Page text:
Salon at the Modernism Museum, Palm Springs. (Image: Zoey Goto)Zoey Goto

Pulling up a chair at the tiki bar installation, Turco is upfront about doing it for the ‘gram. “The museum really appeals to the younger, Instagram generation. Every room has been designed to offer multiple photo opportunities,” she says, as Elvis’ "Blue Hawaii" softly serenades us over the speakers. “People come here to touch and interact with the vintage settings, then photograph themselves and share the images with their friends,” Turco adds, leaning back on the bamboo bar decorated with a rainbow of hibiscus flowers. “Even through my own online presence, I’ve become a cheerleader for Palm Springs style, bringing it to a new generation”.  

Exterior of the Palm Springs Modernism Museum, California. (Image: Zoey Goto)Zoey Goto

It makes perfect sense that Turco has based her Modernism Museum in the sun-soaked desert outpost of Palm Springs, a community that holds the vintage aesthetic in high regard. Sweeps of Palm Springs were originally built in the 1950s and 1960s, when it emerged as a dazzling leisure destination. Hollywood’s elite soon descended too: Palm Springs became a playground for movie stars, after the studios decided they wanted their artists within a two-hour radius of the set at all times.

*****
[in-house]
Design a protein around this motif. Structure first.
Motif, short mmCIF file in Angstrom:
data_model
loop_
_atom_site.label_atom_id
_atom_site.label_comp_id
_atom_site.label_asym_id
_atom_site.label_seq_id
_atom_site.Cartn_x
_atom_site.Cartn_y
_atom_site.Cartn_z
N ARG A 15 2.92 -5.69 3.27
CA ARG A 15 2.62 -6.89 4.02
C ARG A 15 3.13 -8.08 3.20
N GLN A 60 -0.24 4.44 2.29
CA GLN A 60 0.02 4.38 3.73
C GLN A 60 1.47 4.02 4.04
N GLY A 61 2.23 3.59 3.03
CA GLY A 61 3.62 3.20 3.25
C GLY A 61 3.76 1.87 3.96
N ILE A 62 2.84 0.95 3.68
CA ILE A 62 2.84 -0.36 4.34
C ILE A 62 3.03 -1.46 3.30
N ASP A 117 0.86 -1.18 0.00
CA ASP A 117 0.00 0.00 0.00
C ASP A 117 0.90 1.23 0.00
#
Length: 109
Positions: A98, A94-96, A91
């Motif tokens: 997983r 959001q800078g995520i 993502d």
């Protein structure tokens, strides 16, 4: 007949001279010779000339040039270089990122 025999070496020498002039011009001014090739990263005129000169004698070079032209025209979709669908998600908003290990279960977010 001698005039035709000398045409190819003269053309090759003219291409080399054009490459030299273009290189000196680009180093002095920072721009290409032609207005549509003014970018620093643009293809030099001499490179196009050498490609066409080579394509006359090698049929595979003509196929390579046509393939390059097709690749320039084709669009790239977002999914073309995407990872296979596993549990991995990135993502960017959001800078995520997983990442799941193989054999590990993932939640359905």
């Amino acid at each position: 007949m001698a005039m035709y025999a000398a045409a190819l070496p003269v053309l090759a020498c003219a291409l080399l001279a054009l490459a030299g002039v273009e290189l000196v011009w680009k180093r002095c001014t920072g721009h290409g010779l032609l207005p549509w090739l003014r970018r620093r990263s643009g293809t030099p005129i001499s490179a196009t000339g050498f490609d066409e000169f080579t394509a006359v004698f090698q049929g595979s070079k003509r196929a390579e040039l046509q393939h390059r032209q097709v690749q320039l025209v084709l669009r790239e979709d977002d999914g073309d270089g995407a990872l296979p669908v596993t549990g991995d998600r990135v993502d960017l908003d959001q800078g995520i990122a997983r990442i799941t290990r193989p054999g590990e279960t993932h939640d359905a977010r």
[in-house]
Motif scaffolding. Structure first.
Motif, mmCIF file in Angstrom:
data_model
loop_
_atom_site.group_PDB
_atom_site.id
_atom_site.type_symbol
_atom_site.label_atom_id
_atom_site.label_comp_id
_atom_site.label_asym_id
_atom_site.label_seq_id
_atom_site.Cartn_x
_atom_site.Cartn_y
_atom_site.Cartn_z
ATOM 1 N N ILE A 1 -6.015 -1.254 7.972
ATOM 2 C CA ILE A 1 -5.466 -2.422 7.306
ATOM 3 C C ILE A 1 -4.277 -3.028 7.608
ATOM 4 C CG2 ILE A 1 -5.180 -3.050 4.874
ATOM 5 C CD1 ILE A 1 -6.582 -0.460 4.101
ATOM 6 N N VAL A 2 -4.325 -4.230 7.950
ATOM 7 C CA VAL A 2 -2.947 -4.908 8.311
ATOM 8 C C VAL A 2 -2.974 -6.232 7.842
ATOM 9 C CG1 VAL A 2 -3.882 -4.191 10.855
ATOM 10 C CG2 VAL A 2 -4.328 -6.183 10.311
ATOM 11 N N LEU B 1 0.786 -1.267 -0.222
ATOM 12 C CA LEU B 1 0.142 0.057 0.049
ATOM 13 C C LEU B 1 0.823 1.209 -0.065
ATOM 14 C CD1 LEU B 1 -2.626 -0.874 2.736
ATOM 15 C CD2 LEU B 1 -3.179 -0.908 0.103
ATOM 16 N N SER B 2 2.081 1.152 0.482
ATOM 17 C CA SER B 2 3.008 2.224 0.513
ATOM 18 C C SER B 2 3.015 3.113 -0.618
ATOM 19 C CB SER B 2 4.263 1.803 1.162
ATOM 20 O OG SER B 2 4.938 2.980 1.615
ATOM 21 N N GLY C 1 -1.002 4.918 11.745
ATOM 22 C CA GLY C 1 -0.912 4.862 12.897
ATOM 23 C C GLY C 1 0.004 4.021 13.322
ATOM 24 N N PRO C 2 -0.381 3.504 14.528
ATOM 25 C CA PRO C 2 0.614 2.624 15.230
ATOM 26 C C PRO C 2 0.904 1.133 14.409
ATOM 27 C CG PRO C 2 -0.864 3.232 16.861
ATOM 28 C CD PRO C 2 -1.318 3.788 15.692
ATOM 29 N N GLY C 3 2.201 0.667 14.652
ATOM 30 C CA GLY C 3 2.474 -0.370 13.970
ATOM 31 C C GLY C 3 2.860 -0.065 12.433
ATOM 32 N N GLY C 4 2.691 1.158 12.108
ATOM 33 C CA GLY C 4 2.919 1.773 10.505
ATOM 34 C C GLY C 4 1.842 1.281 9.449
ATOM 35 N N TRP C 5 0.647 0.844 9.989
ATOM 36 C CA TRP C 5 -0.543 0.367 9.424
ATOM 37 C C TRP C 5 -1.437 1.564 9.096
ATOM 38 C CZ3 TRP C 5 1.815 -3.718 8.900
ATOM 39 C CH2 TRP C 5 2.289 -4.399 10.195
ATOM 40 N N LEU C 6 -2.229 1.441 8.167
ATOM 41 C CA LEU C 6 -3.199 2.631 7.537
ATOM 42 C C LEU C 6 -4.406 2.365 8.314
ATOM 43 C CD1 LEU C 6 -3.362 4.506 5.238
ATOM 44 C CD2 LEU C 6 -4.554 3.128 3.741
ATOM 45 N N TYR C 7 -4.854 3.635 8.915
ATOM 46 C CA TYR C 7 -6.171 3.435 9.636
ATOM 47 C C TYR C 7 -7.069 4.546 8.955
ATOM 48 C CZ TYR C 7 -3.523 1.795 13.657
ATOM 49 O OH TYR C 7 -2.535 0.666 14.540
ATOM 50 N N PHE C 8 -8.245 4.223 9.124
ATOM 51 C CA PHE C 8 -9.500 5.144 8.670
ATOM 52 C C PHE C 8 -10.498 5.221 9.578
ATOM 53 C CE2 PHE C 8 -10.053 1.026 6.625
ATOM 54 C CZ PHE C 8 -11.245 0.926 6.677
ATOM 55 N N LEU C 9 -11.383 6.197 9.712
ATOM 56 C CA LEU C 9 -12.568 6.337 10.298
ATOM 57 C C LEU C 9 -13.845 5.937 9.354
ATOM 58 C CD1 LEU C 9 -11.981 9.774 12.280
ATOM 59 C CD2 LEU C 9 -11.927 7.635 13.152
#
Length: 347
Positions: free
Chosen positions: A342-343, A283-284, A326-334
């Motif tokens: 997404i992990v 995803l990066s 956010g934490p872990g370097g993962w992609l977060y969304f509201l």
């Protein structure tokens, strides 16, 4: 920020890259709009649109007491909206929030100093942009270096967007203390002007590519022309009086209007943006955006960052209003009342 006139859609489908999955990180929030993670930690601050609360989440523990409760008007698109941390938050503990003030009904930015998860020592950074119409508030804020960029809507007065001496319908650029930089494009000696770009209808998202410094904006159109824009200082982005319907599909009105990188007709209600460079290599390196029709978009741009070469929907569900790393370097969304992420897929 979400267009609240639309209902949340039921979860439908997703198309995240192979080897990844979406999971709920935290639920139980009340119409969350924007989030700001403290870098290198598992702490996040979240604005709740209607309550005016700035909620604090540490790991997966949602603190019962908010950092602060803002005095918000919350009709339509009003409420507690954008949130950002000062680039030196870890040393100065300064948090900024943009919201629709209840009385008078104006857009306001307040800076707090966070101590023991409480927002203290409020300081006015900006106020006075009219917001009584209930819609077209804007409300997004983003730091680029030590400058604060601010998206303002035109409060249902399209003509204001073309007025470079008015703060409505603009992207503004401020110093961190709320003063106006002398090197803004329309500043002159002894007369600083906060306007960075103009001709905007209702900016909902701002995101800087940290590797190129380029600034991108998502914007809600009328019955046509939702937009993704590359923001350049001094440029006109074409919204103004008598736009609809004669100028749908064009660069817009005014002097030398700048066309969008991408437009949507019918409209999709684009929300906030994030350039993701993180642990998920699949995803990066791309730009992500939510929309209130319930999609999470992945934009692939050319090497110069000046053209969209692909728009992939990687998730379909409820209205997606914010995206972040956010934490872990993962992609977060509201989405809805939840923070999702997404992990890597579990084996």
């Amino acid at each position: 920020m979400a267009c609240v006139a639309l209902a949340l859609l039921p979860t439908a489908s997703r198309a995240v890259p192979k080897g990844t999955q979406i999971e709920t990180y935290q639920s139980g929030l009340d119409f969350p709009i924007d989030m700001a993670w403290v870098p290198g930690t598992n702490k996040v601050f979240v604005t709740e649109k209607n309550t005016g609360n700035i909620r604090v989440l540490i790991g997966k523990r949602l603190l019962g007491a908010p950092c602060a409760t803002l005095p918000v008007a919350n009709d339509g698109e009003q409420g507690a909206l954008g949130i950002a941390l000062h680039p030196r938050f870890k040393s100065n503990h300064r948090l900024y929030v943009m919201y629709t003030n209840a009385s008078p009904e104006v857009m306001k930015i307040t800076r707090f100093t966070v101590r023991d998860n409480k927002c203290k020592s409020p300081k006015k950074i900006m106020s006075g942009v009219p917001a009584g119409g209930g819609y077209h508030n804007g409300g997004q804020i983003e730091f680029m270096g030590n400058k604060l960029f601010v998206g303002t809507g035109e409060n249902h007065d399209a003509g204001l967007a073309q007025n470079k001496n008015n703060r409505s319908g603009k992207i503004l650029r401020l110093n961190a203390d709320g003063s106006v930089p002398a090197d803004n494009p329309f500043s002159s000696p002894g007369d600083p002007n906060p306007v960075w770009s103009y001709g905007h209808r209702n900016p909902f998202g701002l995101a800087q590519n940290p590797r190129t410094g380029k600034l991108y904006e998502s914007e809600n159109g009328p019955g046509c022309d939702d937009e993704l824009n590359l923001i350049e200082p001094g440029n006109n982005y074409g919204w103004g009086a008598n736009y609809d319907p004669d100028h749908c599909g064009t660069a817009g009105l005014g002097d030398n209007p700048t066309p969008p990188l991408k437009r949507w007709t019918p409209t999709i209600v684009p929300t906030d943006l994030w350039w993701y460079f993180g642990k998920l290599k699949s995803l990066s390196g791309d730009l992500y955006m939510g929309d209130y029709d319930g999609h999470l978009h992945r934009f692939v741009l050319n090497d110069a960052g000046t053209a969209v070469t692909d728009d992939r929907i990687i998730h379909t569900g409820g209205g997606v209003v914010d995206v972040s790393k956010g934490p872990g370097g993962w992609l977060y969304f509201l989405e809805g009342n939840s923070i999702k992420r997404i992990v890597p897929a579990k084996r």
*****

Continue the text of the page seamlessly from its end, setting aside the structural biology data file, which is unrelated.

Thankfully, when the 1990s saw Palm Springs fall out of fashion, many modernist buildings were saved from demolition – not because they were particularly valued at the time, but because they were rarely thought-about second homes.  

READ MORE: In search of the real Elvis on a road trip around the Deep South

The desert city now proudly boasts the highest concentration of mid-century homes in the world, many of which were used as backdrops in the recently released film Don’t Worry Darling, starring Florence Pugh and man of the moment, Harry Styles. Showcasing the city’s ravishing surroundings, the silver-screen thriller has helped renew interest in Palm Springs and its nostalgic charms. This renaissance has attracted both vintage-admiring tourists and a fresh wave of new residents, who often take a deep dive into the mid-century lifestyle with wardrobes filled with timeworn fashions and classic cars parked on the driveway.